Somers and his four fellow PLC board members are up for re-election during the crucial AGM, which began at 10.30am on Thursday morning.
Rangers had previously said the results would be published before 7am on Friday morning, but Sky sources understand they will now be revealed late on Thursday afternoon.
The board also announced a 120-day business review which would include strengthening of the club's scouting network.
Chief executive Graham Wallace, who was appointed last month, admitted the Scottish League One club's running costs were too high even for a top-flight team and that extra funding would be required to allow Rangers to compete at the top level.
Bryan Swanson, chief news reporter for Sky Sports News, is at Ibrox and he said the club's shareholders have some big decisions to make.
"We have seen a steady stream of shareholders arrive here for what is the first board meeting under Rangers International Football Club, and the first meeting at Rangers in three years," said Swanson.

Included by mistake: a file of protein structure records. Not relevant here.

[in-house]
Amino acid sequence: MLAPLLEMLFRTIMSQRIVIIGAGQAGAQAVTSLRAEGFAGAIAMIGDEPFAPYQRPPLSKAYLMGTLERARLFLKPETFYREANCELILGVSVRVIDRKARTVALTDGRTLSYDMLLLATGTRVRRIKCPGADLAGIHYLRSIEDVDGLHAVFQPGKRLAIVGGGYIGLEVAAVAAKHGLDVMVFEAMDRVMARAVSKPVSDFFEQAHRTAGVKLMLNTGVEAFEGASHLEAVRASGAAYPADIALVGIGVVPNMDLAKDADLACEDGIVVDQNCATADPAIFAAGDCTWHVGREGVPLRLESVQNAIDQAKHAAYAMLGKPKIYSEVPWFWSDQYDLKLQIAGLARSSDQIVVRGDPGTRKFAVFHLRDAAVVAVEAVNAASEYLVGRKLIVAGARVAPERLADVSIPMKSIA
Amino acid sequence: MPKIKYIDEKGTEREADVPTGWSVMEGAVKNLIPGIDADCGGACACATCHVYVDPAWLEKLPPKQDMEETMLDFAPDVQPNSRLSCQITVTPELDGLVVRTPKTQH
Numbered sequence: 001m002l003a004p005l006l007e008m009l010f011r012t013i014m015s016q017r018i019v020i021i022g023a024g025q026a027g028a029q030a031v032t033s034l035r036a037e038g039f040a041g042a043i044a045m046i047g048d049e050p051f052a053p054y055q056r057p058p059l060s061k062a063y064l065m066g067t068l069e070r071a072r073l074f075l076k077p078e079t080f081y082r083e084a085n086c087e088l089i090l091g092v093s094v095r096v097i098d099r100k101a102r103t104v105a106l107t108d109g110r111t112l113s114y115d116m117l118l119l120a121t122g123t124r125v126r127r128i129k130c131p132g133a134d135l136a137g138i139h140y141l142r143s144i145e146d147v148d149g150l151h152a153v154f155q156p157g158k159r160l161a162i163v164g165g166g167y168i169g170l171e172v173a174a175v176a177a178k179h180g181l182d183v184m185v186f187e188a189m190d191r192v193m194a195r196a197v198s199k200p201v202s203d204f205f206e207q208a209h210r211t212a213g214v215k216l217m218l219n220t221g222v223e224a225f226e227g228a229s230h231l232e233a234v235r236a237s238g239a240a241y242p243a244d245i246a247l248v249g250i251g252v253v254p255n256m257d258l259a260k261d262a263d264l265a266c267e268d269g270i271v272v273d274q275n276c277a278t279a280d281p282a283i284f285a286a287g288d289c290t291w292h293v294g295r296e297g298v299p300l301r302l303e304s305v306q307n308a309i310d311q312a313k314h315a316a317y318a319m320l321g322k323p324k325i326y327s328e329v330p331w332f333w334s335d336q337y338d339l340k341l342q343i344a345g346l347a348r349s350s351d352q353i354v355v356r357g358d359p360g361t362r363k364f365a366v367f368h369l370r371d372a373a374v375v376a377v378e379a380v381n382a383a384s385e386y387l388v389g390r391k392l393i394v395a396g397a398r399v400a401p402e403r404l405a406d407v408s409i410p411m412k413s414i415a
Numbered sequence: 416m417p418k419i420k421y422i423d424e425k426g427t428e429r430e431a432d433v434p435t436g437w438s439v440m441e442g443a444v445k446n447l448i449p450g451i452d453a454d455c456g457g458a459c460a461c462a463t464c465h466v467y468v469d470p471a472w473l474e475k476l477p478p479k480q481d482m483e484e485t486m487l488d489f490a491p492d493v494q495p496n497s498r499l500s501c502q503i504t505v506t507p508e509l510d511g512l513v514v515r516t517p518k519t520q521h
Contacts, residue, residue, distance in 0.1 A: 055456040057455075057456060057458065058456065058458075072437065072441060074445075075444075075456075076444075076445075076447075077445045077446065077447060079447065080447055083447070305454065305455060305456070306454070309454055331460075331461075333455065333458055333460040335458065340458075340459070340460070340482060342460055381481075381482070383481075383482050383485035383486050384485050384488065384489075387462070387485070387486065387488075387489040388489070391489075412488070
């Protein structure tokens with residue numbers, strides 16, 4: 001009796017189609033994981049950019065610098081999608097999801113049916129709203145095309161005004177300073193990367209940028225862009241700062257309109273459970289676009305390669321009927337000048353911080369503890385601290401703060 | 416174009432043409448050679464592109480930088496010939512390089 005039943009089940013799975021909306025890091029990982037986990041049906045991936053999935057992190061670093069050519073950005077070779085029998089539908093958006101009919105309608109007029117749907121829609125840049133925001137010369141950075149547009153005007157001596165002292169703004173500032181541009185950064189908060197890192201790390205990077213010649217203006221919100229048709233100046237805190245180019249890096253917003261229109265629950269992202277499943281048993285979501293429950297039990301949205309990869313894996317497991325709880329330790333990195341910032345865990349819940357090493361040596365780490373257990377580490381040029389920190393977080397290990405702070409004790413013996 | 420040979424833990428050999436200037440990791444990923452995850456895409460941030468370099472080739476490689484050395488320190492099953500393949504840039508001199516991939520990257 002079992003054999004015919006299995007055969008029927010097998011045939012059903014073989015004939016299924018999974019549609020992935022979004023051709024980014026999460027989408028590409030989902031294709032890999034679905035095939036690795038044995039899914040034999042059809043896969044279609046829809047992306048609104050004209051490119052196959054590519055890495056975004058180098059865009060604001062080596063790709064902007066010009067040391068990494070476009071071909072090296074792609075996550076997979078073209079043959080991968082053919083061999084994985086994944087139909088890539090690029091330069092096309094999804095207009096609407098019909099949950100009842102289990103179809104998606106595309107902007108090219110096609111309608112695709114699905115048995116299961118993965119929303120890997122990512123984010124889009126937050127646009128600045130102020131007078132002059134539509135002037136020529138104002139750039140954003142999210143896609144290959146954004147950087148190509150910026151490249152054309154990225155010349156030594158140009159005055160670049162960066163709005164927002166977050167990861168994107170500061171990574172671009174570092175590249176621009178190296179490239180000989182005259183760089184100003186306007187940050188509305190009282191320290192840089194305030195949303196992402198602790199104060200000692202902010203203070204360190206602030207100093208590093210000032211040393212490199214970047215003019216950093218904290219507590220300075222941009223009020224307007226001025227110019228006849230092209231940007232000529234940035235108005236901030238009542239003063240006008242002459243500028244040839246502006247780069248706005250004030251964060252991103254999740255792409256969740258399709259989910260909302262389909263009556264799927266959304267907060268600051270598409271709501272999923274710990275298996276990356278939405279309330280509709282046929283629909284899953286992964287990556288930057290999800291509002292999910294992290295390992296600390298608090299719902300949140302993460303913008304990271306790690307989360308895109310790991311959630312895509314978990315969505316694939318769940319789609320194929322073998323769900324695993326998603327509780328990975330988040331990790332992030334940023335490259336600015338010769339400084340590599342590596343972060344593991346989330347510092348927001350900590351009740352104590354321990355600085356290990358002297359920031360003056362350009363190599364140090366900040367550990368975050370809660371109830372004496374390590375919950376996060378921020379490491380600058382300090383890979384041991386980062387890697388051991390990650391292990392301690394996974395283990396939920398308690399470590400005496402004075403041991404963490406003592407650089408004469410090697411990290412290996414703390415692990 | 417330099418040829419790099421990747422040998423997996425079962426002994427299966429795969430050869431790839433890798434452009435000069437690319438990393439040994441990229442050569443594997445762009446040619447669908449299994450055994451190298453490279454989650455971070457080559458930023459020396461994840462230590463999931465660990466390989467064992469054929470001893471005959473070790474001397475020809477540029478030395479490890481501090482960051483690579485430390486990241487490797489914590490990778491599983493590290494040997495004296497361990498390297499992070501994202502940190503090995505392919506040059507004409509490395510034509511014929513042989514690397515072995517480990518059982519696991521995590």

"There were boos and jeers towards some members of the Rangers board as they posed for photographs before the formal proceedings began.
"The jeers were mainly directed at the finance director Brian Stockbridge and there were heckles too towards the Easdale brothers (James and Sandy). There was applause for manager Ally McCoist and chief executive Graham Wallace.
"The shareholders have decisions to make. There are 14 resolutions. They need to decide who goes onto the board. There are five members currently on the Rangers board and the shareholders will be voting on whether to reappoint them or not.
"Do they bring in four members of the board, namely former chairman Malcolm Murray, Paul Murray and two others? Those four requisitioners desperately want to try and regain control of this club. It ultimately will come down to the shareholders.
"There has been a lot of talk about integrity. Stability is a buzzword around Ibrox at the moment and for the Rangers supporters, and in particular the shareholders, this is their chance to put their point across to the board.
"For the first time, they will get to ask questions, and the board will have no prior knowledge of those questions.
"For those shareholders, particularly the irate ones, they want plenty of answers."